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Scams and cybercrime are booming in the wake of the COVID-19 pandemic, leaving thousands of people out of pocket. Investment scams in particular have surged, costing victims more than $26,000 on average. So who is falling victim and how can you avoid being scammed?

Australians lost a record $851 million to scams in 2020, as criminals took advantage of the pandemic to con unsuspecting people out of their savings.

Especially worrying was a sharp rise in ‘investment scams’, which surged to $328 million in losses; more than double the previous year’s losses of $126 million.

A further $131 million was lost to romance scams, while more than $62 million was lost in shopping scams.

The ACCC says scammers were quick to take advantage of the bushfires and the pandemic to con people out of their personal information and money.

“Unfortunately scammers continue to become more sophisticated and last year used the COVID-19 pandemic to scam and take advantage of people from all walks of life during this crisis,” ACCC deputy chair Delia Rickard says.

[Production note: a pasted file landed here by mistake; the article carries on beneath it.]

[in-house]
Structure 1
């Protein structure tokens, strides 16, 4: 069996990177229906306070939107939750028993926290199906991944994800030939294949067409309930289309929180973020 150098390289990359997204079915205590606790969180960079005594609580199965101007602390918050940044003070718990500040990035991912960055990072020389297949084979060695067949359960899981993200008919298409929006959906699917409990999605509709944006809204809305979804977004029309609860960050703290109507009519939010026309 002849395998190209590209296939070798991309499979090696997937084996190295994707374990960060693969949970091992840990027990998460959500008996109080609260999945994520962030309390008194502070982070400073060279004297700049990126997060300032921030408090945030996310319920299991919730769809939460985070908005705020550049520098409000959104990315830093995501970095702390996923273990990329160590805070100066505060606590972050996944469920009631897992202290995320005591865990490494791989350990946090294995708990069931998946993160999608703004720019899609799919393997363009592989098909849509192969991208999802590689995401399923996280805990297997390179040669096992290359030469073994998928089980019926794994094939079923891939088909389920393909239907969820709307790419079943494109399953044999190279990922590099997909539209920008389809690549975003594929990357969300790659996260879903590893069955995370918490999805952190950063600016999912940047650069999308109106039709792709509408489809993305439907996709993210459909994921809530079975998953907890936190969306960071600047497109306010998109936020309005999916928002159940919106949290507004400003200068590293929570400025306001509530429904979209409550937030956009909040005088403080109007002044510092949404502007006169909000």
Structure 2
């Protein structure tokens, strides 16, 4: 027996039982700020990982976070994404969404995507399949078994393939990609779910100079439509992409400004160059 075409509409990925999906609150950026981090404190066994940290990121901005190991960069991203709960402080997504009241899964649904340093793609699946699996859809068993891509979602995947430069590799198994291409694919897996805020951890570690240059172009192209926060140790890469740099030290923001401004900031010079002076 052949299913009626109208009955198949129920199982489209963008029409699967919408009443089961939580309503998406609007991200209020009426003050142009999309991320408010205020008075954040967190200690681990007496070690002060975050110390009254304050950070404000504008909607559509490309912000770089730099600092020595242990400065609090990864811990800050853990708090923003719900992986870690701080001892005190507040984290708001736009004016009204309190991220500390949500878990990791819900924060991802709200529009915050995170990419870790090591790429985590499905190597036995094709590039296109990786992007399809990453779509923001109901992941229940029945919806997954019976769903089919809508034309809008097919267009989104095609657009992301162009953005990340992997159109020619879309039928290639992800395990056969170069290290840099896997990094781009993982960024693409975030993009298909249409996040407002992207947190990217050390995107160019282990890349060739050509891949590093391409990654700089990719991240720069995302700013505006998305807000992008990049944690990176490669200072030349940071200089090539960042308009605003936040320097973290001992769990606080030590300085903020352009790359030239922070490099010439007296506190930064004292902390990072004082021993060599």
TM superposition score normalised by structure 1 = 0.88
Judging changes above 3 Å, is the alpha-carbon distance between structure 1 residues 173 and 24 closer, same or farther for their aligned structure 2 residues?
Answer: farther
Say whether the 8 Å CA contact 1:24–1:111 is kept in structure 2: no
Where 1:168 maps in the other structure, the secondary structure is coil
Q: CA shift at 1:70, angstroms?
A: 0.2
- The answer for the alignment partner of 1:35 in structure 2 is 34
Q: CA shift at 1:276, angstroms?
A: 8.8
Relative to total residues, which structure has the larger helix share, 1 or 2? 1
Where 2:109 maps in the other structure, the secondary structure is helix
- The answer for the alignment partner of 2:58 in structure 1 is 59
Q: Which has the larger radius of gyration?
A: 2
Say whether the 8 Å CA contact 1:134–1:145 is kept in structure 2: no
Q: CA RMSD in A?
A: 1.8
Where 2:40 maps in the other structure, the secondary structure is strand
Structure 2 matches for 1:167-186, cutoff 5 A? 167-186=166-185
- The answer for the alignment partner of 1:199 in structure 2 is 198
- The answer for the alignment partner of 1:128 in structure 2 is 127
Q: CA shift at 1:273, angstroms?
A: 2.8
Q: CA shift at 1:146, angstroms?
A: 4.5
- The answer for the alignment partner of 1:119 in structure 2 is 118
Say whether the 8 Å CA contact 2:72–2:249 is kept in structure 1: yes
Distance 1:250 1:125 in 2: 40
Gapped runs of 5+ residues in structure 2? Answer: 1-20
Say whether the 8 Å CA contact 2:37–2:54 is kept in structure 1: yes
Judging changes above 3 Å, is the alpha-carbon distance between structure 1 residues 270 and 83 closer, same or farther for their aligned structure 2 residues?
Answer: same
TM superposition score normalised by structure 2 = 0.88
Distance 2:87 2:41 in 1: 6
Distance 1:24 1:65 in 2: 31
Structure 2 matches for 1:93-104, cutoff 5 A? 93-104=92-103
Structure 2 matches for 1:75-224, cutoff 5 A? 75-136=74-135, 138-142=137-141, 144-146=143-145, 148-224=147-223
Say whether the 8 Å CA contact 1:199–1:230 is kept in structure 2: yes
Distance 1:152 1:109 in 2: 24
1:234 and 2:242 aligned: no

What is an investment scam and why are they booming?

An investment scam involves being conned into parting with money on the promise of a good financial return.

With more people than ever interacting online due to the pandemic, whole new sections of the community have become a target for scammers.

The ACCC says it appears to be increasingly difficult for people to identify legitimate investment opportunities from scams.

“Scammers no longer just rely on professional looking websites. They now have the ability to contact people through phone, apps, social media and other means.”

In the past, people aged 45 to 64 were most likely to fall victim, with men targeted at twice the rate of women. However, scammers are now using new methods to target younger people, as well as minority groups and people with disabilities.

So far in 2021, the highest number of reports has come from those aged 25 to 44, while those aged over 65 years have lost the most money.

What is ‘romance baiting’?

The ACCC says ‘romance baiting’ is a new form of scam that emerged last year targeting sections of the community who haven’t typically fallen victim to investment scams.

In a romance baiting scam, victims are “contacted on a dating app, typically moved off the app and then lured into an investment scam, often involving cryptocurrency.”

Unlike traditional dating and romance scams, which tend to target older Australians, people aged 25 to 34 lost the most money ($7.3 million) to this new type of scam last year.